The pioneers of the Zero Waste movement were very clear in the mid-90s that “zero waste to landfill” was not the same thing as Zero Waste. We purposefully aimed high with our definition of Zero Waste being focused on making the best choices with our natural resources — from extraction to production to consumption to disposal. The Zero Waste journey involves a constant evaluation about our materials’ choices and a strong commitment to eliminating waste, not just treating it.
There are many communities and businesses making great strides toward Zero Waste, like General Motors with their 97% landfill diversion rates at over 90 manufacturing facilities. But there others that are pursuing “zero-waste-to-landfill”, which is a laudable goal, but then they incinerate large amounts of their waste in an attempt to avoid the landfill. In the opinion of the Zero Waste International Alliance (ZWIA), that constitutes greenwashing and a misuse of the term Zero Waste.
The problem with having such a singular focus on the landfill implies that burning waste to make energy is an acceptable process. Waste-to-Energy (WTE) is a disposal technology that destroys the resource forever and doesn’t reduce waste or protect natural resources. It also produces large amounts of ash that must be landfilled anyway, so in reality, there is no such thing as zero waste to landfill even if you burned 100% of your discards!
The people who are pushing the hardest for a true Zero Waste future are clear on the view that the current WTE technologies in the marketplace are actually a waste of energy, money and natural resources. For all the breathless talk about “thermal conversion technologies” (including plasma, gasification and pyrolysis), the only commercially-viable technology in the industry remains to be the mass-burn systems that have a long list of problems, including the fact that it has the most CO2 emissions per fuel type, its emissions contain dangerous air pollutants, it’s the most expensive form of electricity, and it fails to create a fraction of the jobs created by recycling and composting. And, according to the EPA and others, WTE produces only a fraction of the energy that can be saved through recycling.
ZWIA defined a Zero Waste company or community as one that achieves at least a 90 percent resource recovery rate, which means there may still be a 10 percent stream of mixed materials, some of it being non-recyclable, non-compostable and non-reusable discards that will need to be disposed. For that stream of “residuals,” ZWIA talks about “bio-stabilization and bio-energy.”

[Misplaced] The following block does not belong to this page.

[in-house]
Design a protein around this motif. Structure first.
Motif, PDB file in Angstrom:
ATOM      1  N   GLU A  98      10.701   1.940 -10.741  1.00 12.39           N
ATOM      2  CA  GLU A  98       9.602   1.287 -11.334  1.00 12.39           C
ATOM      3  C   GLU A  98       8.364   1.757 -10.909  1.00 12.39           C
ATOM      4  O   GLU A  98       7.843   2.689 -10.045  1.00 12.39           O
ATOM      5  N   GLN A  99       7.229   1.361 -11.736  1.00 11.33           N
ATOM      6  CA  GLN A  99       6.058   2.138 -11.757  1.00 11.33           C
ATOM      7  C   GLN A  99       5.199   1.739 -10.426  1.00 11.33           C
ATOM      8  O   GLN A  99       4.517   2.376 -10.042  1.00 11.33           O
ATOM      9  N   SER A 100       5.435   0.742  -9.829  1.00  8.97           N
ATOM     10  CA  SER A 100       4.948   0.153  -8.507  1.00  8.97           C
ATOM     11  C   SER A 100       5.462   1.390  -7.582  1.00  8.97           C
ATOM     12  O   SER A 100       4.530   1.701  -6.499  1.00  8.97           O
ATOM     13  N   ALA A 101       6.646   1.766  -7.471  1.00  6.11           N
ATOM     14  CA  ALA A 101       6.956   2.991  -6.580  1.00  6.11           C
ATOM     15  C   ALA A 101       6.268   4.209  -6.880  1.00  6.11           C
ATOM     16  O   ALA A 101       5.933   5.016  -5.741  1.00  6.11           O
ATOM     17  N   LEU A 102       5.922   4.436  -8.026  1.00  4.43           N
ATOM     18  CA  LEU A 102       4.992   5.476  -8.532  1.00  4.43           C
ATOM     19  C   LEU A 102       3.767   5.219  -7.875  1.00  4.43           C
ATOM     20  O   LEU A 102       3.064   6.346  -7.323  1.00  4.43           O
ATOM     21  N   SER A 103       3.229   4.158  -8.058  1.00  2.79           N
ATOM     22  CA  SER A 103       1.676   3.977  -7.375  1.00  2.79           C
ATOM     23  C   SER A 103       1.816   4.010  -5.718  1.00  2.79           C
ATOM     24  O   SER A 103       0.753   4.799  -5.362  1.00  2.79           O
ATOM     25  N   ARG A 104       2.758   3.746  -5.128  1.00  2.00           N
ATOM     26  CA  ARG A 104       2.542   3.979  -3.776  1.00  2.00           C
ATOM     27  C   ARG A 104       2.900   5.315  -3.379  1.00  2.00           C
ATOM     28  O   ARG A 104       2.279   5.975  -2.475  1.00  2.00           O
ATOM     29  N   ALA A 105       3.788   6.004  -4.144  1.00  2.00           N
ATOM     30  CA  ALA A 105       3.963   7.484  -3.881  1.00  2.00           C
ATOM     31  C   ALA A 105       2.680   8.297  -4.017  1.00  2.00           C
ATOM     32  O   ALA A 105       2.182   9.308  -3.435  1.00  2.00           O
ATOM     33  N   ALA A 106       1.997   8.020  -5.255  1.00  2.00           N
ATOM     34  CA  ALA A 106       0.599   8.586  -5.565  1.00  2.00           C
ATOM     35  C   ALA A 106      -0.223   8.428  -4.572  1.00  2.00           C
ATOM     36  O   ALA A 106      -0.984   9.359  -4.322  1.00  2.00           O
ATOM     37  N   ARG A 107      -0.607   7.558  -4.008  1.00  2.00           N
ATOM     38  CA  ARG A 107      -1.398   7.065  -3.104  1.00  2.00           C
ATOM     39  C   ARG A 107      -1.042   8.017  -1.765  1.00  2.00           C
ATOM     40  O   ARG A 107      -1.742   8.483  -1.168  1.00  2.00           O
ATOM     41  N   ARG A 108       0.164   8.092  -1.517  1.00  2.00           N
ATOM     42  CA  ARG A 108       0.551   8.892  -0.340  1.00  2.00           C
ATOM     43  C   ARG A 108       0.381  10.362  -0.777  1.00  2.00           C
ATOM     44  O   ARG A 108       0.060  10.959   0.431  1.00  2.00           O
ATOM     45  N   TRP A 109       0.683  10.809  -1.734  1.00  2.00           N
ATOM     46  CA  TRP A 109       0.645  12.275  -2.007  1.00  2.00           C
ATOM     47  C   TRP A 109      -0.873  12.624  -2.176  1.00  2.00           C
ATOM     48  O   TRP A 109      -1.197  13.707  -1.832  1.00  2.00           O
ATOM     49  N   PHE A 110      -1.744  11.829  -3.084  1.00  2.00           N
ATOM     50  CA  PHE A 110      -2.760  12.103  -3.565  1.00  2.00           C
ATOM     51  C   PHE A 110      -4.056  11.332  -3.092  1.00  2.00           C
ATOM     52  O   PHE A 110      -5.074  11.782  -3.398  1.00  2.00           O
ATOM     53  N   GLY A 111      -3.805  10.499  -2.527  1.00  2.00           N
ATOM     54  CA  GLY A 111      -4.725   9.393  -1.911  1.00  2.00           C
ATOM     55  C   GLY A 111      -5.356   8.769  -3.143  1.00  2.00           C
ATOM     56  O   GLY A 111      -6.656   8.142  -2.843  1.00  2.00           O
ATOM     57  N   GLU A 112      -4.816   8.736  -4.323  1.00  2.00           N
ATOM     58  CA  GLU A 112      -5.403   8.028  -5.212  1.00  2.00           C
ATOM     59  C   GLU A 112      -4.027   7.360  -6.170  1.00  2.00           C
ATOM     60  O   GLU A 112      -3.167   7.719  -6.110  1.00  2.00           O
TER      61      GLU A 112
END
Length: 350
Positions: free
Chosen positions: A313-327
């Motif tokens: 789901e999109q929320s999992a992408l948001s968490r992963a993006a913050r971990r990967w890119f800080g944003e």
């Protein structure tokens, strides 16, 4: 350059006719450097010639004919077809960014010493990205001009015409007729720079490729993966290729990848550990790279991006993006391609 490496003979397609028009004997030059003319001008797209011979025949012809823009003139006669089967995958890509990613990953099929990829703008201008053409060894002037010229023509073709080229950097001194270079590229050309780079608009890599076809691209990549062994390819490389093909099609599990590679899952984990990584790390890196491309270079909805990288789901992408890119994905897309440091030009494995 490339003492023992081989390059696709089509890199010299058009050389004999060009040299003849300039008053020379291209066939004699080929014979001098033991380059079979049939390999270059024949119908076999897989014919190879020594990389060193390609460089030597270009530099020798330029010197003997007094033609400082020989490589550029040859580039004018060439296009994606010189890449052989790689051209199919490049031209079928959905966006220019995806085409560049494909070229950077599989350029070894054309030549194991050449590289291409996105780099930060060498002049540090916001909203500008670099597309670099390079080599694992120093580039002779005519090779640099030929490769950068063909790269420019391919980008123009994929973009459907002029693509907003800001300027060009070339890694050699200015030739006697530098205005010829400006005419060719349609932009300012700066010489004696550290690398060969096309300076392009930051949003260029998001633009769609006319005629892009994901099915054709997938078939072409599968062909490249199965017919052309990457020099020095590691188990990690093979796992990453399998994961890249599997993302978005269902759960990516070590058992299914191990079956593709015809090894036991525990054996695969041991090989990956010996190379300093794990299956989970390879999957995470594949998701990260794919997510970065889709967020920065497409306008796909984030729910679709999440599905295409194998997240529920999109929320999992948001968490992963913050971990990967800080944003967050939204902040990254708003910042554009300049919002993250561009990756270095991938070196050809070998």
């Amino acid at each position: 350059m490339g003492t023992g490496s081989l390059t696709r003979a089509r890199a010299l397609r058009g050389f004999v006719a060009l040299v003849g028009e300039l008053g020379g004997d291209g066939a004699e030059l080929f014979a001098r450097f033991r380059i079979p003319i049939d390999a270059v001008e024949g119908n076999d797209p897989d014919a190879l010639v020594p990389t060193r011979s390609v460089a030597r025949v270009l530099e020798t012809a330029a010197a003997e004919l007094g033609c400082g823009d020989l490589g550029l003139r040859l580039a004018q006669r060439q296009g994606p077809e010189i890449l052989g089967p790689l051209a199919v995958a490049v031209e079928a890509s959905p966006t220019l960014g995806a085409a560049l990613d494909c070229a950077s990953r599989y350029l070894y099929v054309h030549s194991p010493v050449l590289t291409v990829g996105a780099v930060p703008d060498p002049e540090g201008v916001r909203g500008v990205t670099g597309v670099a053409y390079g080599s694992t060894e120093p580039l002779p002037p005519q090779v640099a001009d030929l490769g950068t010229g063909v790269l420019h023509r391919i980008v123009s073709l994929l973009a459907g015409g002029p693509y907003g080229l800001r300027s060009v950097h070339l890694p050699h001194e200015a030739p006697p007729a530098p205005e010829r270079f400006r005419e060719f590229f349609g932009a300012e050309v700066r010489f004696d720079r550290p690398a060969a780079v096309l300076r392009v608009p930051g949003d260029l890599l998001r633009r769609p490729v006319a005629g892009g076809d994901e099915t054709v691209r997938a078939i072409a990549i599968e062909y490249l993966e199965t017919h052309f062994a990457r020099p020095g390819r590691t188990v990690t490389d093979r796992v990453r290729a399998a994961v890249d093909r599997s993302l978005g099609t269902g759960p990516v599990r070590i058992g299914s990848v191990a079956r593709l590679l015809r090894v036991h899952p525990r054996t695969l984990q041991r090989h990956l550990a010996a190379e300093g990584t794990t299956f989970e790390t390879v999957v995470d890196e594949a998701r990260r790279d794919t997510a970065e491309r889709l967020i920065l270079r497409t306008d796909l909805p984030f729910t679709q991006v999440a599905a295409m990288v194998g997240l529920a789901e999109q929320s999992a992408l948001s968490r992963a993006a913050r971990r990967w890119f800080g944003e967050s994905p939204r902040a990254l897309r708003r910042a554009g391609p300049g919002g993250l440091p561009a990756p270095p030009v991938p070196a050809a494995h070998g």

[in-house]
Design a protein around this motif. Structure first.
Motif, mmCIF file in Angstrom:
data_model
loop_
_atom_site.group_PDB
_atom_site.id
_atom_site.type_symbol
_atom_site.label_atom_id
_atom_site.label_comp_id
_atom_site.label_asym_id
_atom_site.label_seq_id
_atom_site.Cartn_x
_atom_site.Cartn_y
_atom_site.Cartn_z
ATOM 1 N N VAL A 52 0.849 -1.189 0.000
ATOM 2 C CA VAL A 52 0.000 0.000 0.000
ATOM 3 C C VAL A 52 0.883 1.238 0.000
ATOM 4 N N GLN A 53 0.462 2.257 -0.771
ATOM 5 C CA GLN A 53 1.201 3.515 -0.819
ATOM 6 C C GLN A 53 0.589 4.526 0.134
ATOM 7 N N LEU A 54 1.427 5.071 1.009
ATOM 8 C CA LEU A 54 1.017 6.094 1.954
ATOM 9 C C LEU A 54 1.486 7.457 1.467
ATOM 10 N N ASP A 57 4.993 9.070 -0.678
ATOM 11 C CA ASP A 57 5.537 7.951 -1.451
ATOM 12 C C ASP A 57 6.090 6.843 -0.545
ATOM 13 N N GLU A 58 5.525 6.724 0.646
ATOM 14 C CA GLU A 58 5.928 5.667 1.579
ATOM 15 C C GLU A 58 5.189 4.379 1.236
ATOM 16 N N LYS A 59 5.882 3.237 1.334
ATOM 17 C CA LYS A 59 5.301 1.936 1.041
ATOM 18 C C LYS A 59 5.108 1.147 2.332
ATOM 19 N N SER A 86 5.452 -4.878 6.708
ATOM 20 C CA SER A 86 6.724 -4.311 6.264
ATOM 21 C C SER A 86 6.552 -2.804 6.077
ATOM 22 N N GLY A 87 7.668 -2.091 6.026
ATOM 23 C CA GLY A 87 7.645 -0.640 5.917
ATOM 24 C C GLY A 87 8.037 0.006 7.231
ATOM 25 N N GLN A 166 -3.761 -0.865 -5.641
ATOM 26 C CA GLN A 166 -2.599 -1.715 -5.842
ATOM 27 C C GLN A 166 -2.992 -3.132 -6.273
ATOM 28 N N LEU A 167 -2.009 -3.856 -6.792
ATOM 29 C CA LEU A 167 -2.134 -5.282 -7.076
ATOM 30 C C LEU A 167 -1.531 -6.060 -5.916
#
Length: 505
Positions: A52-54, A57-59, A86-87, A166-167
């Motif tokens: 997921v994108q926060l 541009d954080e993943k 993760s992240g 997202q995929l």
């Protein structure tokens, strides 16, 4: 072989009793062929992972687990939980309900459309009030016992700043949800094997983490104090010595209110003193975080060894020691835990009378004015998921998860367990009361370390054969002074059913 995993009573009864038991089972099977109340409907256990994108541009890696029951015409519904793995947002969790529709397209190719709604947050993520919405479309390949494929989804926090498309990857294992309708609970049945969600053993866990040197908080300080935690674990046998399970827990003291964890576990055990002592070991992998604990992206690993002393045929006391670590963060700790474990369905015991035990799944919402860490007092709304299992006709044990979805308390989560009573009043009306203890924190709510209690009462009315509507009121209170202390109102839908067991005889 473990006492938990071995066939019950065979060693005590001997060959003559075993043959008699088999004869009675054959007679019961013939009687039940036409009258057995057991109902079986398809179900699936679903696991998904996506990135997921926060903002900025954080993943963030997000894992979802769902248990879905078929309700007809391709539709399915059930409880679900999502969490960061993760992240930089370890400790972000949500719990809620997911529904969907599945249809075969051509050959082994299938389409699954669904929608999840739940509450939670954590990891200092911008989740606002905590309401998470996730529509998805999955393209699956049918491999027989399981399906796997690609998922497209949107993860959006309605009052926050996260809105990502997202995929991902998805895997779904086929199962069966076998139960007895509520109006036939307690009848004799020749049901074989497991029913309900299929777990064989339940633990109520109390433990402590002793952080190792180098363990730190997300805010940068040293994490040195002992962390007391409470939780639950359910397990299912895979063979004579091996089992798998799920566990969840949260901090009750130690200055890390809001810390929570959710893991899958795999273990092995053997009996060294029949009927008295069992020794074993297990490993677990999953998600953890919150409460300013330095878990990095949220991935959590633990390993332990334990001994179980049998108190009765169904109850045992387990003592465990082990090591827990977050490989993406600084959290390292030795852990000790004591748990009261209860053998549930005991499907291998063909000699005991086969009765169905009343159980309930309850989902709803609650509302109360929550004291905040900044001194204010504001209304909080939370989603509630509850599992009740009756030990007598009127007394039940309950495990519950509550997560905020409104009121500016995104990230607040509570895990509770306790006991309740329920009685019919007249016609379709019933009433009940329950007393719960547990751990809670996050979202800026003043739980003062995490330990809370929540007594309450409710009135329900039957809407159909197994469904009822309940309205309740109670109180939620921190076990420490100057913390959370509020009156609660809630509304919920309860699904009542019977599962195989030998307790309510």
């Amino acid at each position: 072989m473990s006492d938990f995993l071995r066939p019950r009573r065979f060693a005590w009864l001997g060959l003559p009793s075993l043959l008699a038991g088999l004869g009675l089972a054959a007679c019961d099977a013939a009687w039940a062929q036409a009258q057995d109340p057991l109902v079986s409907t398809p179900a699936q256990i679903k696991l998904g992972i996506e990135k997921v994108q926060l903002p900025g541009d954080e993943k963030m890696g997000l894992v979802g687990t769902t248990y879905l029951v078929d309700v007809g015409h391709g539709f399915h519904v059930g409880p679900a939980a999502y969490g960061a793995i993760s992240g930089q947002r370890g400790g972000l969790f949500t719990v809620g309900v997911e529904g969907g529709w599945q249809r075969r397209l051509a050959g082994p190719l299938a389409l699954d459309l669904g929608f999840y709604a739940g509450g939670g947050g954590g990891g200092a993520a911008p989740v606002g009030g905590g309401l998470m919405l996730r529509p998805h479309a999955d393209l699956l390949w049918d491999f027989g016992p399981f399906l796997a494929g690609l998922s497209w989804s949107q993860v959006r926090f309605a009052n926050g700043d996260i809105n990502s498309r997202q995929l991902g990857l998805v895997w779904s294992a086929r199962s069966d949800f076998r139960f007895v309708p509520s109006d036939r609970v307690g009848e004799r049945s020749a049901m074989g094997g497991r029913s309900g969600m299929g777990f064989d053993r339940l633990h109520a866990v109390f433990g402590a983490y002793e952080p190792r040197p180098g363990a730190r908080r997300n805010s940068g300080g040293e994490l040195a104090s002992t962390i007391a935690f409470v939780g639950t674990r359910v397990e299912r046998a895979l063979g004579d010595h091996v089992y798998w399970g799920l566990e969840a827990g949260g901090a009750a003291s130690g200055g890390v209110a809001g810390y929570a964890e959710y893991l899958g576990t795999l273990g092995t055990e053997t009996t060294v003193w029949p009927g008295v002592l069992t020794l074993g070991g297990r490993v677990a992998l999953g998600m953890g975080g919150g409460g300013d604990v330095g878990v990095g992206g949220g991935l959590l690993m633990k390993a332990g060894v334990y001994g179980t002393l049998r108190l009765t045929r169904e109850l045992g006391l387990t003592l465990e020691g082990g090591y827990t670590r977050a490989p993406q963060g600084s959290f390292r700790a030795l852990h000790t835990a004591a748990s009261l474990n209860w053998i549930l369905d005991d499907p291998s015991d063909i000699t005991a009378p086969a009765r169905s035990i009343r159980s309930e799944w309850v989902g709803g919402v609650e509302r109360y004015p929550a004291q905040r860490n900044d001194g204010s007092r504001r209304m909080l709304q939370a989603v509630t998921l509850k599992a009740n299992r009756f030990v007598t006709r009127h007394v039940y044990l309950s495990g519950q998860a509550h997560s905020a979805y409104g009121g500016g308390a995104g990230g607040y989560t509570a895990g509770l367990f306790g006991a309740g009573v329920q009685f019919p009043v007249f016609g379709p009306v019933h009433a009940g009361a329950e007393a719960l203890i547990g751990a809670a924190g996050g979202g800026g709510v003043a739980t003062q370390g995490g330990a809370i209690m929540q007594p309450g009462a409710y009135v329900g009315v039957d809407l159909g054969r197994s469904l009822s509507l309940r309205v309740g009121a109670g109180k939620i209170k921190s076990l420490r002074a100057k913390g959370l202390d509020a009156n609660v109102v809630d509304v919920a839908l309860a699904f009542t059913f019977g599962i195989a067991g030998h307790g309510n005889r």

The German and Italian approaches are the new way forward:
(1) sort out any remaining recyclables;
(2) “bio-stabilize” the mixed waste in an anaerobic digester to capture the biogas and use it for energy; and
(3) landfill the remaining inert material in a dry tomb landfill.
The Italians have taken an extra step by sorting out all the non-recyclable items in the residuals, identifying which company made and/or marketed them, and then contacting those companies to start a dialogue about redesigning the product or package so that it is recyclable, compostable or reusable and remains in the circle of commerce.
I applaud groups like the Green Manufacturers Network for creating workshops about waste reduction and the Cradle to Cradle Products Innovation Institute for their leading edge vision of re-designing the stuff of our lives to eliminate waste. The pursuit of Zero Waste in business is a creative effort. For example, Xerox has been redesigning products for years to reduce the number of parts so models can be more interchangeable. BMW has reduced the number of different types of plastics it uses so more of the car can be recycled more quickly. And Amazon.com’s frustration-free packaging program moves manufacturers from plastic clamshells and wire ties over to recyclable cardboard, saving resources and fostering better customer satisfaction.
I am optimistic about the future because the next generation of leaders is under no illusion that our planet is in crisis and they are already making smart business decisions to succeed in a world of declining resources and growing populations. But it is important that those of us in the “waste management” industry do our part to support them, and that means being clear about what we are promoting and avoid confusing the non-experts about what is and isn’t Zero Waste.
The true goal of Zero Waste is not just zero waste to landfill or zero waste to energy, but redesigning our entire cycle of resource extraction, consumption and discard management so no resources are wasted at any point along the way. So if your goal is simply to avoid the landfill, then make that clear by using the phrase “landfill free” – and be sure to let us know what you end up doing with all that ash after you burn a bunch of stuff.
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This blog originally ran on Waste360.
Eric Lombardi is the Director of Eco-Cycle International (www.EcocycleSolutionsHub.org) and is recognized as an authority on the social and technical aspects of creating community-based Zero Waste resource recovery programs.